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Metallurgical and Materials Transactions B

, Volume 49, Issue 5, pp 2133–2144 | Cite as

Processing Parameter Control of Lifetime-Limiting Failure Mechanisms in Al-Si Cast Alloys at Room and Elevated Temperatures

  • Anthony G. Spangenberger
  • Xiang Chen
  • Diana A. Lados
Topical Collection: Metallurgical Processes Workshop for Young Scholars
  • 155 Downloads
Part of the following topical collections:
  1. International Metallurgical Processes Workshop for Young Scholars (IMPROWYS 2017)

Abstract

Aluminum-silicon cast alloys widely used throughout the transportation sector, A356, 319, and A390, have been studied with respect to chemical compositions and processing parameters that control the resultant mechanical behavior. First, the development of strengthening mechanisms is discussed in terms of the role that alloying elements, solidification behavior, and thermal treatments play. Based on this understanding, an extensive matrix of material conditions was developed and characterized in order to provide practical guidelines for alloy development. In order to provide an understanding of lifetime-limiting failure mechanisms, fatigue crack growth and hot compressive dwell behaviors were further investigated. Fatigue crack growth tests were conducted for all alloys at R = 0.1 and room temperature, and creep–fatigue of 319 was studied at R = − 1.5 and 250 °C. The role of processing parameters in controlling the mechanical properties is identified and discussed, and recommendations for optimized design are made.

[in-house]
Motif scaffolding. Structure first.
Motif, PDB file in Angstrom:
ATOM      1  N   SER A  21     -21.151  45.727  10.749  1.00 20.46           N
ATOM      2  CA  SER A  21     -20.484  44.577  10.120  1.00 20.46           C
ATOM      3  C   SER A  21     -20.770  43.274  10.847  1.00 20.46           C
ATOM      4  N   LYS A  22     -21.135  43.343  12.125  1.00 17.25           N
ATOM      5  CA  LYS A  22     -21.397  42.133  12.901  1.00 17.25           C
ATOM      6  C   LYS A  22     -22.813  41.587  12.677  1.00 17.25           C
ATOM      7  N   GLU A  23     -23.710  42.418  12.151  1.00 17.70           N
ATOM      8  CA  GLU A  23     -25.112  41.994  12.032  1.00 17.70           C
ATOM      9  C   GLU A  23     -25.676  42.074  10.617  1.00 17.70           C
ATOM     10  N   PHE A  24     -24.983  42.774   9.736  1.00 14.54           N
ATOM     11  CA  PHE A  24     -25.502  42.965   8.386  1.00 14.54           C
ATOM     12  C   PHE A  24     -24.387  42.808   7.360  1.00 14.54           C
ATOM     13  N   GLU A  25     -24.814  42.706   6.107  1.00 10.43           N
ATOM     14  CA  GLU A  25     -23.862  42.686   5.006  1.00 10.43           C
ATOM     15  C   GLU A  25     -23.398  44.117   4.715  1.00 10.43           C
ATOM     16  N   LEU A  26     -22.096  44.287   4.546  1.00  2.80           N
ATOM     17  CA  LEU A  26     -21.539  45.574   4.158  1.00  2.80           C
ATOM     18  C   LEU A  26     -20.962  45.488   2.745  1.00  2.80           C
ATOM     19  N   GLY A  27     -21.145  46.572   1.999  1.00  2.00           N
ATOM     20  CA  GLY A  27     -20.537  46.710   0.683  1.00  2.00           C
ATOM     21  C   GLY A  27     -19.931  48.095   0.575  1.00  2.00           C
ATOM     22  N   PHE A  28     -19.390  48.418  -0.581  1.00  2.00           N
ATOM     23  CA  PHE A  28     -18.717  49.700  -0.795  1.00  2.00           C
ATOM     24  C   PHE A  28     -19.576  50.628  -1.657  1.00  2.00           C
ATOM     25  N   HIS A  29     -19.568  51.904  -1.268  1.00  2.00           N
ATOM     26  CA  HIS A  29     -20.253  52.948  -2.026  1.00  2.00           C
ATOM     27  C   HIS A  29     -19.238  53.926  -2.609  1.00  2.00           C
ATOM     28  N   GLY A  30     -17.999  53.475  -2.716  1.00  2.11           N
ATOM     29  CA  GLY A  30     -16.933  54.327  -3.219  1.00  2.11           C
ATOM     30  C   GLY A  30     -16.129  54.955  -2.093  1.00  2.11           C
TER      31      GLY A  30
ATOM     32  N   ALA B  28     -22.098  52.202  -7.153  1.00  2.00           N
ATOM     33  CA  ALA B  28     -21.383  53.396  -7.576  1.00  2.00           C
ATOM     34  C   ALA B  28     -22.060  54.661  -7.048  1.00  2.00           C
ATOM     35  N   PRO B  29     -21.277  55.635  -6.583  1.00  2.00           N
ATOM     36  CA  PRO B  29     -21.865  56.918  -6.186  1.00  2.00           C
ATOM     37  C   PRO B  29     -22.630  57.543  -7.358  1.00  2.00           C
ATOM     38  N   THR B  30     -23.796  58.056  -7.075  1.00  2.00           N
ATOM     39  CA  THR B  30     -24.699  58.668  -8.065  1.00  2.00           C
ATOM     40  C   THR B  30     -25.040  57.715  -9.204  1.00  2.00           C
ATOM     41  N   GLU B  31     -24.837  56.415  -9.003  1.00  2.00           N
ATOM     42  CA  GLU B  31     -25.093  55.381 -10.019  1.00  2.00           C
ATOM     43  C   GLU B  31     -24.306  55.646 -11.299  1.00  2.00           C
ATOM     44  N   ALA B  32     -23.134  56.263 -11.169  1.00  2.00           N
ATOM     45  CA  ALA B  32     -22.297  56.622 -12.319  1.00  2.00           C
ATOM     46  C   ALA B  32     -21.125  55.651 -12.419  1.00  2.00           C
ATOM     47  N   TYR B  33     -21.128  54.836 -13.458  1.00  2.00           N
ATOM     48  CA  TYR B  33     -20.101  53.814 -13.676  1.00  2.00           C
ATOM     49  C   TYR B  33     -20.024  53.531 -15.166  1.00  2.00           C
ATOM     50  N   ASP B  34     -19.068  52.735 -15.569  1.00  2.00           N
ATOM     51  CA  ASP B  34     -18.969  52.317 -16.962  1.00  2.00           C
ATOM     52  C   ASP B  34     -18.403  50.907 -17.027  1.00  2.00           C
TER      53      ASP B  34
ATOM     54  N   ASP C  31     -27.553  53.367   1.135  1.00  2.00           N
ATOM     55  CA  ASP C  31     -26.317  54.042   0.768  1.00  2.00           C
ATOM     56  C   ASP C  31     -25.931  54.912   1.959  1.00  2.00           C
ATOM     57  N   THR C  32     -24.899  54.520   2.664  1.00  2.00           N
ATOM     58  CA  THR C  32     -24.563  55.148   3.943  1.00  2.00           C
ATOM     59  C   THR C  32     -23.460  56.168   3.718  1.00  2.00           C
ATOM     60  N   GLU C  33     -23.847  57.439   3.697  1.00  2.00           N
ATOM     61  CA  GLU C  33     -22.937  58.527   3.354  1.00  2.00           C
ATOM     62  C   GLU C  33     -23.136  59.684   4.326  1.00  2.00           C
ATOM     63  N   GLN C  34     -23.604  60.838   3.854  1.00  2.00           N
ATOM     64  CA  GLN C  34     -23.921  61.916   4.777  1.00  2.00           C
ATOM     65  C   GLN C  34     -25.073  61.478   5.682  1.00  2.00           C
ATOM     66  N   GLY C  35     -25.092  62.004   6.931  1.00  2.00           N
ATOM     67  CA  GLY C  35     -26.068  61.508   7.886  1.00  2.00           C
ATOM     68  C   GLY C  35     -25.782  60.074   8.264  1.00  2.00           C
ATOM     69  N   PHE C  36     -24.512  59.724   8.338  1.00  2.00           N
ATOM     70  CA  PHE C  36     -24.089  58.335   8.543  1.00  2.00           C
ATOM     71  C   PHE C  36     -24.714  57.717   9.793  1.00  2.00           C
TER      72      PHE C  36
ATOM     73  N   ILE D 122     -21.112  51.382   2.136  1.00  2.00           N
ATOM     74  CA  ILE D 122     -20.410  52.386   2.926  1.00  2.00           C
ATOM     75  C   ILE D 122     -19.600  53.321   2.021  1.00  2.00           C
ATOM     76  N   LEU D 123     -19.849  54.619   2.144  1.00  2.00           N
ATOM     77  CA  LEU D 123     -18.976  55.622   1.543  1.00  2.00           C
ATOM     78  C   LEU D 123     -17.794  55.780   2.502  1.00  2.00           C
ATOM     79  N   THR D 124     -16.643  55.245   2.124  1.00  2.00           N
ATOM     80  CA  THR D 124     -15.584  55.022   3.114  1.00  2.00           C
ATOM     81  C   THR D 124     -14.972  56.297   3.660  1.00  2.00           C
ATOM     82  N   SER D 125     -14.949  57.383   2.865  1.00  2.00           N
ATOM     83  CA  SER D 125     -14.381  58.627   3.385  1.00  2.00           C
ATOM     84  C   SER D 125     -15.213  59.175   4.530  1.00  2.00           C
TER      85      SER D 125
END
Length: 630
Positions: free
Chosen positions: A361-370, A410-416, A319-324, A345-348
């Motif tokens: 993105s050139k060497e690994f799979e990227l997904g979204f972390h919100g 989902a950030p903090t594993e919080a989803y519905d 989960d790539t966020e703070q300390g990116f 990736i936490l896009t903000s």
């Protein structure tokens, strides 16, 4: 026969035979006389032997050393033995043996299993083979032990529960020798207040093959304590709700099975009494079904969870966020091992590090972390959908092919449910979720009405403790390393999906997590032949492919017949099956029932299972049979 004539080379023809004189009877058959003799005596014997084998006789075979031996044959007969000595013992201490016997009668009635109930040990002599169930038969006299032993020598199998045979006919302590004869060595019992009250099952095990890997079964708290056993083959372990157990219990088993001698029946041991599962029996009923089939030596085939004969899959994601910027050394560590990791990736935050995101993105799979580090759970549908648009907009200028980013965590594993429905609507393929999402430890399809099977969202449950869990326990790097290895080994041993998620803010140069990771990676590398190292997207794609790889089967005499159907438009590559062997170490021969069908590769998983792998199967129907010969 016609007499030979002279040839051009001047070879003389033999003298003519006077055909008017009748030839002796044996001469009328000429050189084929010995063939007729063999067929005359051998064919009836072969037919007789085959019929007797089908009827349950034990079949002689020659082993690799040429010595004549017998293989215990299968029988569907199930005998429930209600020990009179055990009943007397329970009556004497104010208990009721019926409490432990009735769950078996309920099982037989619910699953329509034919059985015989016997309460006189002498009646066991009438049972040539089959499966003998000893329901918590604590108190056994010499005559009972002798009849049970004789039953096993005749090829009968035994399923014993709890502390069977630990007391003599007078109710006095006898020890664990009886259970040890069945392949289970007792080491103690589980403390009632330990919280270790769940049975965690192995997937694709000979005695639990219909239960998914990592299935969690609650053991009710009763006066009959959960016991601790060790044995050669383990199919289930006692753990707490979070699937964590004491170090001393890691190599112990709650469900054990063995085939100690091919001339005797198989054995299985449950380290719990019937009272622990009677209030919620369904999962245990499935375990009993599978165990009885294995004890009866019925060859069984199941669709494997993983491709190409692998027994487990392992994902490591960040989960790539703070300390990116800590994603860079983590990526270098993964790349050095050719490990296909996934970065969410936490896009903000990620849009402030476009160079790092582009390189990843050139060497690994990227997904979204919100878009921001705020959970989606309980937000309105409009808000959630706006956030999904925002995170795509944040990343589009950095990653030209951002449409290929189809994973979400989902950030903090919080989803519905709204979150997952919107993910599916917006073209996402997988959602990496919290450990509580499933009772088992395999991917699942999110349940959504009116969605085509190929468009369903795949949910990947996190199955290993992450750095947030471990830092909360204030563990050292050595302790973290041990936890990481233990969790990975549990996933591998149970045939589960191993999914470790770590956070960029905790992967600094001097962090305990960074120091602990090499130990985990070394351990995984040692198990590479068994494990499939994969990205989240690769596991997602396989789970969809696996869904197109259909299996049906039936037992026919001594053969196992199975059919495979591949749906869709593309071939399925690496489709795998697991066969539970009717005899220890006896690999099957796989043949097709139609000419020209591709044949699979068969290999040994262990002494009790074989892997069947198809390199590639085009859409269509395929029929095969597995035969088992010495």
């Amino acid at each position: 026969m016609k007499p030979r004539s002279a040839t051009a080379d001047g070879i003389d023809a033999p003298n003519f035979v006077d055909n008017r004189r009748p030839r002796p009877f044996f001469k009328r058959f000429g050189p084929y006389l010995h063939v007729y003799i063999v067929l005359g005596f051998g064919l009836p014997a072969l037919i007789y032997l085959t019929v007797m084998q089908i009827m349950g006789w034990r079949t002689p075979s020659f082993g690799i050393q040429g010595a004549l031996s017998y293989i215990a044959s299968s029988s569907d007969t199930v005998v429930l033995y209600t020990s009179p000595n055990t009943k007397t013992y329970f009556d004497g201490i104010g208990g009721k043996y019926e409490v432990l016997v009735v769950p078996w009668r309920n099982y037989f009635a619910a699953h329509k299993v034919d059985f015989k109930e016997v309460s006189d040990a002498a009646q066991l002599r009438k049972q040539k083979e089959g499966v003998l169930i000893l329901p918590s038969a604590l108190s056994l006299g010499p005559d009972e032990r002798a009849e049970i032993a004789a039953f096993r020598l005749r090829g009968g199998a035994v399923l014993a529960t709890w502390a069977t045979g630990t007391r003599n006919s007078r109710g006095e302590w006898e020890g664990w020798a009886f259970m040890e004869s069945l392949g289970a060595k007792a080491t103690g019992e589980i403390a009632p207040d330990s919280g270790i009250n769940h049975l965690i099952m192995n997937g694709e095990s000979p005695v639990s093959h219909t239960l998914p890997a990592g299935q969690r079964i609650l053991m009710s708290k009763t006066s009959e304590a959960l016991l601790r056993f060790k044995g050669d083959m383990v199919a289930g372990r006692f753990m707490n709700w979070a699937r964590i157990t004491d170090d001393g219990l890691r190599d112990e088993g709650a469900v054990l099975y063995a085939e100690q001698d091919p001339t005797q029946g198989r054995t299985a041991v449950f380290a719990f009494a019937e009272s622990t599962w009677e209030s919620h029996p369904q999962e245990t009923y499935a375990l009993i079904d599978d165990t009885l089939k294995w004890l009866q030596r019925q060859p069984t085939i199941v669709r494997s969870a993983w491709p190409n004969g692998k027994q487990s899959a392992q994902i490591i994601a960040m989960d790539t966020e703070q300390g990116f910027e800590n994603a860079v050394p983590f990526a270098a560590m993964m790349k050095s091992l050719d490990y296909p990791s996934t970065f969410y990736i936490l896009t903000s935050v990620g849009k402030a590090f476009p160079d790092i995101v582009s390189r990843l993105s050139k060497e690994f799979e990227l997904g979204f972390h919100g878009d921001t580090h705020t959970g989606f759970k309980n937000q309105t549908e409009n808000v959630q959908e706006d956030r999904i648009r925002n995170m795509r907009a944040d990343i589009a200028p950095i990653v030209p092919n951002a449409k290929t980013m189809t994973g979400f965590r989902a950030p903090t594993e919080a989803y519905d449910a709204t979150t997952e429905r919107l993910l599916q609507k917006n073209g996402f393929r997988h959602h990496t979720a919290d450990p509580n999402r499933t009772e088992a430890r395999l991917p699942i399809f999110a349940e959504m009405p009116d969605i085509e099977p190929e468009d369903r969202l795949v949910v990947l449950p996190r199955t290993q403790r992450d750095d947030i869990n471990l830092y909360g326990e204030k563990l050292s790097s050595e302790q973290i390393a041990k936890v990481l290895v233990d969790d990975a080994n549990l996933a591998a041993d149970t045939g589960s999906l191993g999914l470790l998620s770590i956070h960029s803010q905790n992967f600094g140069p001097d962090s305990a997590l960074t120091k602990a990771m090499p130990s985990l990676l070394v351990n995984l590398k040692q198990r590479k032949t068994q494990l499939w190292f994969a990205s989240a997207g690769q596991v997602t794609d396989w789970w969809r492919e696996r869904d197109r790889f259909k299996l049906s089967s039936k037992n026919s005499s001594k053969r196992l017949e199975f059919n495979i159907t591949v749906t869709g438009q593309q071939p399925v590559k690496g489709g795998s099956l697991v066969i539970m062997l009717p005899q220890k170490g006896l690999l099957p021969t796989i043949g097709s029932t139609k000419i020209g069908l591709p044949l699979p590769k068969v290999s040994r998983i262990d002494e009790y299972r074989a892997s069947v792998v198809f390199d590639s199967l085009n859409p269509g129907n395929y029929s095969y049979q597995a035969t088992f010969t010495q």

Notes

Acknowledgments

This work was supported by the National Science Foundation (Grant Number 1151588) and the members of the Integrative Materials Design Center (iMdc) at Worcester Polytechnic Institute. Special thanks to Dr. Fred Major and Peggy Jones for their helpful input and discussions.

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Copyright information

© The Minerals, Metals & Materials Society and ASM International 2018

Authors and Affiliations

  • Anthony G. Spangenberger
    • 1
  • Xiang Chen
    • 1
  • Diana A. Lados
    • 1
  1. 1.Worcester Polytechnic Institute, Integrative Materials Design CenterWorcesterUSA

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